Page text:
Todd Mason: Infinite Jests edited by Robert Silverberg; Titters edited by Deanne Stillman and Anne Beats (please see below)

Neer: The Muderer is a Fox by "Ellery Queen"

John F. Norris: Room to Swing by Ed Lacy

Juri Nummelin: Echo Park by Michael Connelly

Patrick Ohl: Death of Jezebel by Christianna Brand

Richard Pangburn: Book Case by Stephen Grennleaf

James Reasoner: Cody's Law: The Prisoners by "Matthew S. Hart" (Bill Crider and James Reasoner)

Karyn Reeves: A Family and a Fortune by Ivy Compton-Burnett

Gerard Saylor: Savage Season by Joe R. Lansdale

Ron Scheer: Out of Drowning Valley by Susan Carleton Jones; The Blowholers by John Reese

Michael Slind: A Murder of Quality by "John le Carré"

Dan Stumpf: Outlaw Guns by "Murray Leinster"

"TomCat": Corpse Candle by Paul Doherty

Prashant Trikannad: The Penguin Book of Comics by George Perry and Alan Aldridge; Witch House by "Evangeline Walton" (cover by Ronald Clyne)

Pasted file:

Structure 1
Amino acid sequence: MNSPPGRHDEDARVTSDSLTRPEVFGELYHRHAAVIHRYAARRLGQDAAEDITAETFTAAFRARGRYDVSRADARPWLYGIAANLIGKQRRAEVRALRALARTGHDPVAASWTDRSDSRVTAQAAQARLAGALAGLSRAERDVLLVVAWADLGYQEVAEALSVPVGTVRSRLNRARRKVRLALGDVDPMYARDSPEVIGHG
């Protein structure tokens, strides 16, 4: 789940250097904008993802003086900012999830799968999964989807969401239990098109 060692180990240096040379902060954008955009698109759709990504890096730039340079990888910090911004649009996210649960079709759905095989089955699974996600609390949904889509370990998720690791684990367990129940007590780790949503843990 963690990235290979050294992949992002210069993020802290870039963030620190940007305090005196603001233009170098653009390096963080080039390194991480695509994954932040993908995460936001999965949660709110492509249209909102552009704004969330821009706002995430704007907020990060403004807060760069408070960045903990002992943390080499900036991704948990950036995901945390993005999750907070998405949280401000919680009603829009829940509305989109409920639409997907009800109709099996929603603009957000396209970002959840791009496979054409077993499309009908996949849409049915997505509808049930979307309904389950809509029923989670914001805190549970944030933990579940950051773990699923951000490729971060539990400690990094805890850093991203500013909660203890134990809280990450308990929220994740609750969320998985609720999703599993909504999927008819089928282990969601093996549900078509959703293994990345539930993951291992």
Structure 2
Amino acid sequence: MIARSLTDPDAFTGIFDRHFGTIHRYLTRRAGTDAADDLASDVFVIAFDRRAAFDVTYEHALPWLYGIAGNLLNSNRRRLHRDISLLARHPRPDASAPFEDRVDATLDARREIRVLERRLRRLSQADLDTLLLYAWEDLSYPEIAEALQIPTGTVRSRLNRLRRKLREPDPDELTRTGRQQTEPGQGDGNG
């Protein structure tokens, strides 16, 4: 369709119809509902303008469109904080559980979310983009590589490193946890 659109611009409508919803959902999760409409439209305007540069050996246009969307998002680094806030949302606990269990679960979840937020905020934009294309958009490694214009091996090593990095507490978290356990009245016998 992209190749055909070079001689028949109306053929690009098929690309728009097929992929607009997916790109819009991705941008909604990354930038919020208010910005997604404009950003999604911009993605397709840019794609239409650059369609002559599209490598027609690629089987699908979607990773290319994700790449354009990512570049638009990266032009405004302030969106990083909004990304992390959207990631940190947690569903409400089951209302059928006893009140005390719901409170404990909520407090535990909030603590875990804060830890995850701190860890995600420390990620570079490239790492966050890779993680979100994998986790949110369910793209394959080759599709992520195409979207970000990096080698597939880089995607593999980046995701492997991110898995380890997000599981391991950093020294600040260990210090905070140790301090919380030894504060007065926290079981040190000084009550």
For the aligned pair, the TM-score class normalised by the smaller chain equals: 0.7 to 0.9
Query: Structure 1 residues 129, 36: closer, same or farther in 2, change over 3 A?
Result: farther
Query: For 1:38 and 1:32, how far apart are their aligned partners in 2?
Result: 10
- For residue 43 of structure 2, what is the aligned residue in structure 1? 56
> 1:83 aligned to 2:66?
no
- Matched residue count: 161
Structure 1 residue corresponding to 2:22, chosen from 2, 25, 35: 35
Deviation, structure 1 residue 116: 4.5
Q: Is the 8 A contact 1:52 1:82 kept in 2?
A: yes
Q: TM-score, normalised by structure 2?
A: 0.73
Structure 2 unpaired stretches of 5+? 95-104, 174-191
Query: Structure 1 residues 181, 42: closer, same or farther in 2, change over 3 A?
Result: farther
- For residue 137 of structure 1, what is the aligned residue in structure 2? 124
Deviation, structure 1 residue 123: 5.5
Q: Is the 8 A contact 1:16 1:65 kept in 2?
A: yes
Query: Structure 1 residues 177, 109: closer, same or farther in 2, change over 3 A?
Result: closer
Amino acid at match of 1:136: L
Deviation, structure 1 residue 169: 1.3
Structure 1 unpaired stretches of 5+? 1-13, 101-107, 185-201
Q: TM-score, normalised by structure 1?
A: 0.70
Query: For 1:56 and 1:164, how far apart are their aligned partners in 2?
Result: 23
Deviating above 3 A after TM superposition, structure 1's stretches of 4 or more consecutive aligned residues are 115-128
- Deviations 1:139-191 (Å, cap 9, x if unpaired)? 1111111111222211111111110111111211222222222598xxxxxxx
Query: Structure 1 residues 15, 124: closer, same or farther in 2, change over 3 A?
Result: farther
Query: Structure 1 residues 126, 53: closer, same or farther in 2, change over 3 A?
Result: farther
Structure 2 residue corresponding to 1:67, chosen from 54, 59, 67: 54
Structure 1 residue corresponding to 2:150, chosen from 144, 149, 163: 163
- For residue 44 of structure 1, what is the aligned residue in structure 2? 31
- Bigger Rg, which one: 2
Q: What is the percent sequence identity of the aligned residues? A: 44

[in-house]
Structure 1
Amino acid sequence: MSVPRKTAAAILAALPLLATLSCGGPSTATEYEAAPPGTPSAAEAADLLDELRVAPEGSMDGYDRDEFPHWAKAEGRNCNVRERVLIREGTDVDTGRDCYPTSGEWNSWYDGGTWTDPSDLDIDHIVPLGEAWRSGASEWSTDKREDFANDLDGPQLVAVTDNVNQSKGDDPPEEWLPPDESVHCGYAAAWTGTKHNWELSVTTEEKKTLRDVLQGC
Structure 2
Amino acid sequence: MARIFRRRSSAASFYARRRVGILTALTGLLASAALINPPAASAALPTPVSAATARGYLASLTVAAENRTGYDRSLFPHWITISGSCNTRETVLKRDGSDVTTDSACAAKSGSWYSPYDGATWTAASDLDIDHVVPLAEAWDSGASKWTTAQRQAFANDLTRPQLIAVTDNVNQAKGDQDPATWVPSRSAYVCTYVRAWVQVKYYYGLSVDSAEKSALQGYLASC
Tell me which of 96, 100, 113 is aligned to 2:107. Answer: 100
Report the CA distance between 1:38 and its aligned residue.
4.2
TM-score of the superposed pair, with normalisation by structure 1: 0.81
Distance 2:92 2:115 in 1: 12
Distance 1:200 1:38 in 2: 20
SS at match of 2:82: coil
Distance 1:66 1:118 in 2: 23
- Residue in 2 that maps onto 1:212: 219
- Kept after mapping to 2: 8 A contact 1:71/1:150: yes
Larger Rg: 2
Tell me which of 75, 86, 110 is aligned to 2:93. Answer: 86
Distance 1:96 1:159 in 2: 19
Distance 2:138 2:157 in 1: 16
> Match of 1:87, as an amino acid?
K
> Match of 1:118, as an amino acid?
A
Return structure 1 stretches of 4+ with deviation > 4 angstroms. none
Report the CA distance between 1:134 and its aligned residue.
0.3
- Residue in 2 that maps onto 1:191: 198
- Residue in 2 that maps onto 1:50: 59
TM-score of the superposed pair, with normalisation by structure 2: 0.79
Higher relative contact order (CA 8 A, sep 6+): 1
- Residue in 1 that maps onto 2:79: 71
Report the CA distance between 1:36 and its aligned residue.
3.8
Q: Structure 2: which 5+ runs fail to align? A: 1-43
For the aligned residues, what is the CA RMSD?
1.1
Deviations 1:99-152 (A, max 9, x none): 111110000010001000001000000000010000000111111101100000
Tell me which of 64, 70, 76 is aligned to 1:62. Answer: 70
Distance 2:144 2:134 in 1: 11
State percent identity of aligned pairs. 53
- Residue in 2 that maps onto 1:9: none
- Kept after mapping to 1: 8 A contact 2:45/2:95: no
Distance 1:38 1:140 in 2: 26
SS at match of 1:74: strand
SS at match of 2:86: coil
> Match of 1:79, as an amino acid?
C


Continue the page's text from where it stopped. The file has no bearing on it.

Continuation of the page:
Infinite Jests was one of the books my father picked up as a remainder, not too long (perhaps a year) after it was published by Chilton in 1974...Sterling Lanier had been fired as an editor there, some months after persuading them to publish the first hardcover edition of Frank Herbert's was a slow seller at first, and a far cry from Chilton's bread and butter, car-repair manuals. That you have almost certainly heard of Dune even if you know very little about science fiction tells you a little about how that eventually turned out (and about the fine commercial instincts of all the more likely publishers who'd rejected Herbert's novel before Lanier was able to see it through).  Chilton took a flier on a few other sf and fantasy titles in the wake (scirocco?) of Dune, including Lanier's own novel Hiero's Journey and this anthology...which I suspect isn't the first anthology of humorous sf, but might be among the first:
(courtesy ISFDb:)